Arthropoda is comprised of four major taxa: Hexapoda, Crustacea, Myriapoda and Chelicerata. Although this classification is widely accepted, there is still some debate about the internal relationships of these groups. In particular, the phylogenetic position of Collembola remains enigmatic. Some molecular studies place Collembola into a close relationship to Protura and Diplura within the monophyletic Hexapoda, but this placement is not universally accepted, as Collembola is also regarded as either the sister group to Branchiopoda (a crustacean taxon) or to Pancrustacea (crustaceans + hexapods). To contribute to the current debate on the phylogenetic position of Collembola, we examined the brains in three collembolan species: Folsomia candida, Protaphorura armata and Tetrodontophora bielanensis, using antennal backfills, series of semi-thin sections, and immunostaining technique with several antisera, in conjunction with confocal laser scanning microscopy and three-dimensional reconstructions. We identified several neuroanatomical structures in the collembolan brain, including a fan-shaped central body showing a columnar organization, a protocerebral bridge, one pair of antennal lobes with 20-30 spheroidal glomeruli each, and a structure, which we interpret as a simply organized mushroom body. The results of our neuroanatomical study are consistent with the phylogenetic position of Collembola within the Hexapoda and do not contradict the hypothesis of a close relationship of Collembola, Protura and Diplura.
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http://dx.doi.org/10.1016/j.asd.2011.02.003DOI Listing
July 2011

Revisiting the anatomy of the central nervous system of a hemimetabolous model insect species: the pea aphid Acyrthosiphon pisum.

Cell Tissue Res 2011 Feb 18;343(2):343-55. Epub 2010 Dec 18.

Department of Biology - Animal Physiology, Philipps University Marburg, 35043, Marburg, Germany.

Aphids show a marked phenotypic plasticity, producing asexual or sexual and winged or wingless morphs depending on environmental conditions and season. We describe here the general structure of the brain of various morphs of the pea aphid Acyrthosiphon pisum. This is the first detailed anatomical study of the central nervous system of an aphid by immunocytochemistry (synapsin, serotonin, and several neuropeptides), ethyl-gallate staining, confocal laser scanning microscopy, and three-dimensional reconstructions. The study has revealed well-developed optic lobes composed of lamina, medulla, and lobula complex. Ocelli are only present in males and winged parthenogenetic females. The central complex is well-defined, with a central body divided into two parts, a protocerebral bridge, and affiliated lateral accessory lobes. The mushroom bodies are ill-defined, lacking calyces, and only being visualized by using an antiserum against the neuropeptide orcokinin. The antennal lobes contain poorly delineated glomeruli but can be clearly visualized by performing antennal backfills. On the basis of our detailed description of the brain of winged and wingless parthenogenetic A. pisum females, an anatomical map is now available that should improve our knowledge of the way that these structures are involved in the regulation of phenotypic plasticity.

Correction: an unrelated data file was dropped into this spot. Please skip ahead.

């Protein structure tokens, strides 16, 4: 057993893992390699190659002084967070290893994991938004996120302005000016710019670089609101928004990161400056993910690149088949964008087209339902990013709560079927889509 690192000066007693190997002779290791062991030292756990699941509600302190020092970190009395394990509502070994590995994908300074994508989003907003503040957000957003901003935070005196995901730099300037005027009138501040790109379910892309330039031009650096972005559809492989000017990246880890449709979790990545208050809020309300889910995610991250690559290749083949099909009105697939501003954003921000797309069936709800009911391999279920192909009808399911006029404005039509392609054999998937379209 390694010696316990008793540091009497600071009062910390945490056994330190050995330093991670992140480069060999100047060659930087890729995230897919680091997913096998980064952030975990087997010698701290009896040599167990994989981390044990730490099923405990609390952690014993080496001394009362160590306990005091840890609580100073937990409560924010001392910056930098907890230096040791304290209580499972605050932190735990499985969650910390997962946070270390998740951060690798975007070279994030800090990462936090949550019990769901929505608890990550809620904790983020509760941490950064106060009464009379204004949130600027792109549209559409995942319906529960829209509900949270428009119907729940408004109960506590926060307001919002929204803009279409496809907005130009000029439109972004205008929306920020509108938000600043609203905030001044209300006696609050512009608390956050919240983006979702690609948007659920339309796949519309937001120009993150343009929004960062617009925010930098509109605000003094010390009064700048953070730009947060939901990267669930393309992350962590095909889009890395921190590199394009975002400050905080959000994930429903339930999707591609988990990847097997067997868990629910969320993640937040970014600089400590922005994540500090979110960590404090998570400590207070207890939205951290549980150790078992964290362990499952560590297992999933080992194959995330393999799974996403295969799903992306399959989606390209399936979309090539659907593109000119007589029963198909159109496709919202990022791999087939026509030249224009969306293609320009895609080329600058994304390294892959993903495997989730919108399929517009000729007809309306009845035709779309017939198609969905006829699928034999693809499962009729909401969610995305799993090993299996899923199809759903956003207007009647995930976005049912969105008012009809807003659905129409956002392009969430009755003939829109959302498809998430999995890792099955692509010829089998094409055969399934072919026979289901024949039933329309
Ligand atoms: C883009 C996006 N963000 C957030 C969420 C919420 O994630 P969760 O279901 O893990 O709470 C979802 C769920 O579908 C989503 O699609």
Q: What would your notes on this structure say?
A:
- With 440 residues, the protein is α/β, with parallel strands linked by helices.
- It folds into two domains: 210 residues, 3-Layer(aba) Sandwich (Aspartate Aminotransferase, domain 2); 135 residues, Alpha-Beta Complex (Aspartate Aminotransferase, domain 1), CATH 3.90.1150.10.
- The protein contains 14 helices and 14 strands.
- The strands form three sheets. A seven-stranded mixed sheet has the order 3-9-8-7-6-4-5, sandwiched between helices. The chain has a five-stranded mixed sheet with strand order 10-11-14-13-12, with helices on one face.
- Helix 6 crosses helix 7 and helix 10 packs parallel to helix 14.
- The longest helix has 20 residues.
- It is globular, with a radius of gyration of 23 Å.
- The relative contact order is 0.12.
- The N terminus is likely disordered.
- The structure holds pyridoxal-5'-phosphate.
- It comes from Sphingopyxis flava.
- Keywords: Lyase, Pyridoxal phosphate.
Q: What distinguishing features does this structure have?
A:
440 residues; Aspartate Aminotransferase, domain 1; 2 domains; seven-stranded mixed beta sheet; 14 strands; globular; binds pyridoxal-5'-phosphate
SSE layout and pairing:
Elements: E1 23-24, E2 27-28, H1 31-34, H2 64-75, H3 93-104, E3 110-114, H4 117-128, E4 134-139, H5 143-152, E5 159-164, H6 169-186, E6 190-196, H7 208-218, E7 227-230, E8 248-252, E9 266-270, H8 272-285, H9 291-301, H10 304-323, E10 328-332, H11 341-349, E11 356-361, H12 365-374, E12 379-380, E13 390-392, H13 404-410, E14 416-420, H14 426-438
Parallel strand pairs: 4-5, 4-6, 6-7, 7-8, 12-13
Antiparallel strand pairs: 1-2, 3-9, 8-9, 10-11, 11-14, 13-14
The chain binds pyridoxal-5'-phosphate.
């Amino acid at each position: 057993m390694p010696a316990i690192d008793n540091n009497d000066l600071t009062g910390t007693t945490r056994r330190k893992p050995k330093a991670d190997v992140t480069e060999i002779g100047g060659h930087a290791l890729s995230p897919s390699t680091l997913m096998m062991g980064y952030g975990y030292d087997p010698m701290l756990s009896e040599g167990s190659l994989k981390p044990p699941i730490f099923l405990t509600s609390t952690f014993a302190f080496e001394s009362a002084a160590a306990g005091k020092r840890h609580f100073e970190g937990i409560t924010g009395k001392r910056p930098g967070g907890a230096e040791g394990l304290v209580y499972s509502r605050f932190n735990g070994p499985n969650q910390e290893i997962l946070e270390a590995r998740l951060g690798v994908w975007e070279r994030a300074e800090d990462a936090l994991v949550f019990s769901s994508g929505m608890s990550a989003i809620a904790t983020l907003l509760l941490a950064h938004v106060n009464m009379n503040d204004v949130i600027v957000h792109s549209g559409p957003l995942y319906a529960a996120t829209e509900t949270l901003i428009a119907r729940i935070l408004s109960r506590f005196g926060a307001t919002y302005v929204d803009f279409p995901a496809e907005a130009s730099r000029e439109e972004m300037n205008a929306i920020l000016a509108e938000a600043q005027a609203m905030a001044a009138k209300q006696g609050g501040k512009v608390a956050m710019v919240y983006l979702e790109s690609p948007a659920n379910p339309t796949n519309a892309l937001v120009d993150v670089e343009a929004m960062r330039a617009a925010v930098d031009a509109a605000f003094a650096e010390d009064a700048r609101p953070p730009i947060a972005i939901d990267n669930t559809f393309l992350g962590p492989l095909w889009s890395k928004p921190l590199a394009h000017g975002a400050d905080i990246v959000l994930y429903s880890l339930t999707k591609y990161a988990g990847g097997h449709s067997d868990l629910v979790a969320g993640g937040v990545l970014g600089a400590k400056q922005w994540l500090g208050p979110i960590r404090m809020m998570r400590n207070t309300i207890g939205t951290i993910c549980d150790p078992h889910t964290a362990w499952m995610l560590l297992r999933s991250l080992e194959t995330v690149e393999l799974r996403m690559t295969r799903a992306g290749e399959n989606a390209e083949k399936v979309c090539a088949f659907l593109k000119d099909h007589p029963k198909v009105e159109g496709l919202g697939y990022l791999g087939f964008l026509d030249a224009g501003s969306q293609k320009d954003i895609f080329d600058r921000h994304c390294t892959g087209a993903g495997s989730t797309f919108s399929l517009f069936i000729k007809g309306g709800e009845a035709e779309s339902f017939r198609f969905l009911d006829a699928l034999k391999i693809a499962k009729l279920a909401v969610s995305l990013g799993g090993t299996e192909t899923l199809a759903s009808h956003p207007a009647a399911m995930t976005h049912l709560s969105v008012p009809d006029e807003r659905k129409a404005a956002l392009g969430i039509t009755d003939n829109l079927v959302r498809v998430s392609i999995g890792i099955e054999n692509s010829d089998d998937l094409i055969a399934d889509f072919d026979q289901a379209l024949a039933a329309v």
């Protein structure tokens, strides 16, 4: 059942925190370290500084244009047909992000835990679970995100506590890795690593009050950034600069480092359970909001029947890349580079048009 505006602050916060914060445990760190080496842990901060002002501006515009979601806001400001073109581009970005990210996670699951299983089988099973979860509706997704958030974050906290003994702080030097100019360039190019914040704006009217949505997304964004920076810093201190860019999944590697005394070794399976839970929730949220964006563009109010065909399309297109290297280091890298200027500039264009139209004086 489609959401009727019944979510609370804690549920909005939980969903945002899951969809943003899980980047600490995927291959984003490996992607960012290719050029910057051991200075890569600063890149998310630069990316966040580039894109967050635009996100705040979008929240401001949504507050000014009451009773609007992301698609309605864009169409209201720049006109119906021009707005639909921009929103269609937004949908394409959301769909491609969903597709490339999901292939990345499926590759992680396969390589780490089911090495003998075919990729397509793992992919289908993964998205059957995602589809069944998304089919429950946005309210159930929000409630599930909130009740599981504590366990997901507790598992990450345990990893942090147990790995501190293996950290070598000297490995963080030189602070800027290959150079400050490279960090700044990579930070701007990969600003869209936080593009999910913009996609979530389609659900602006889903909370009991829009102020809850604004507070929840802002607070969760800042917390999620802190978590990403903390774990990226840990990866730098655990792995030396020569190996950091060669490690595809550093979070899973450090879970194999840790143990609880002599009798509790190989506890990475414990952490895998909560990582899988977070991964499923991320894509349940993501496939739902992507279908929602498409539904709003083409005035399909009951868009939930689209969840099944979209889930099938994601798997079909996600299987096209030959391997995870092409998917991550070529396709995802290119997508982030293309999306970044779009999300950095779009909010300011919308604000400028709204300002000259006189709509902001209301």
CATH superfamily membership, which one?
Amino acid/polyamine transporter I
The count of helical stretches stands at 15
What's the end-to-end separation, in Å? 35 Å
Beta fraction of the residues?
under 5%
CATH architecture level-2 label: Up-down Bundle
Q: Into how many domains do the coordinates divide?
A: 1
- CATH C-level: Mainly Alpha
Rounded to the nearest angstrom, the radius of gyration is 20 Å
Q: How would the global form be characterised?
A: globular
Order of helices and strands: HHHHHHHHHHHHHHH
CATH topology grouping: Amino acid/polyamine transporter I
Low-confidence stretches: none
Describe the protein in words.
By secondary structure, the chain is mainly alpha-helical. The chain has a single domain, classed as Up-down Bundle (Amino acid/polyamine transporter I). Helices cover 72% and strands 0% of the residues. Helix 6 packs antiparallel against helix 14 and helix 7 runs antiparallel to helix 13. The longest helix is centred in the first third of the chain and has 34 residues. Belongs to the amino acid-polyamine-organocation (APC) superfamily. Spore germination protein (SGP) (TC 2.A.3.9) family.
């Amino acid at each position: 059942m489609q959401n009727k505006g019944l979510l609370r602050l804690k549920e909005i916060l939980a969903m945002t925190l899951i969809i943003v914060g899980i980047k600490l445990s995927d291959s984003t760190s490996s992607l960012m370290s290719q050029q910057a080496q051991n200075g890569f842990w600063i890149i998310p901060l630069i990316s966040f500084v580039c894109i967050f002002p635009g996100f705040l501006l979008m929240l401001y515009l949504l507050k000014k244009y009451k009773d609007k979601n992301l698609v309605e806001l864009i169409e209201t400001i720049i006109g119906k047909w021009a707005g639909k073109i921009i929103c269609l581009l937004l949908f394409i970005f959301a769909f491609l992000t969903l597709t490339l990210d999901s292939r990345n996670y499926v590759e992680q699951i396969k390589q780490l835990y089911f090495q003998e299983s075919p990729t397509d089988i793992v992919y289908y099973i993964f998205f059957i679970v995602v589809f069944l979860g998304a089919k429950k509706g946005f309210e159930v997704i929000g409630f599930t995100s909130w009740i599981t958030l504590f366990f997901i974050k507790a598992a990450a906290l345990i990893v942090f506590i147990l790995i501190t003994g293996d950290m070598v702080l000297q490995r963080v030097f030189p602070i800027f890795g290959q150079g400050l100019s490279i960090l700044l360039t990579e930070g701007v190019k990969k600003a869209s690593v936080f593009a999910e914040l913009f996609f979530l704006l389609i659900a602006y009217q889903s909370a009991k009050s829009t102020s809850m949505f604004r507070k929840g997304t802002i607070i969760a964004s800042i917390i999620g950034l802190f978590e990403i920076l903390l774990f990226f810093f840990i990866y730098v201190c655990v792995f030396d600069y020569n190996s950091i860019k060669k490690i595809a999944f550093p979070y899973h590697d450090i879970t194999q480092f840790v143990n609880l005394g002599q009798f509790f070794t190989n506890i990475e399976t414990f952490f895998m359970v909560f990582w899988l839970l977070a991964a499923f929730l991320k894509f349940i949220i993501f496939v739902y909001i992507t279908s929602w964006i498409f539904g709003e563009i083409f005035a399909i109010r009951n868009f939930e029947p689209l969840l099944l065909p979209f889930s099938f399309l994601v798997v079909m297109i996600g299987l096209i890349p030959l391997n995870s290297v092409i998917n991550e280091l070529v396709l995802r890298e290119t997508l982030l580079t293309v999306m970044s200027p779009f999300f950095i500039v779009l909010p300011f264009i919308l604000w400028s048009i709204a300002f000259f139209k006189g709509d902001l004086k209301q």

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http://dx.doi.org/10.1007/s00441-010-1099-9DOI Listing
February 2011

Confocal laser scanning microscopy method for quantitative characterization of silica monolith morphology.

Anal Chem 2010 Aug;82(15):6569-75

Department of Chemistry, Philipps-Universität Marburg, Hans-Meerwein-Strasse, 35032 Marburg, Germany.

We present a fast, nondestructive, and quantitative approach to characterize the morphology of capillary silica-based monolithic columns by reconstruction from confocal laser scanning microscopy images. The method comprises column pretreatment, image acquisition, image processing, and statistical analysis of the image data. The received morphological data are chord length distributions for the bulk macropore space and skeleton of the silica monolith. The morphological information is shown to be comparable to that derived from transmission electron microscopy, but far easier to access. The approach is generally applicable to silica-based capillary columns, monolithic or particulate. It allows the rapid acquisition of hundreds of longitudinal and cross-sectional images in a single session, resolving a multitude of morphological details in the column.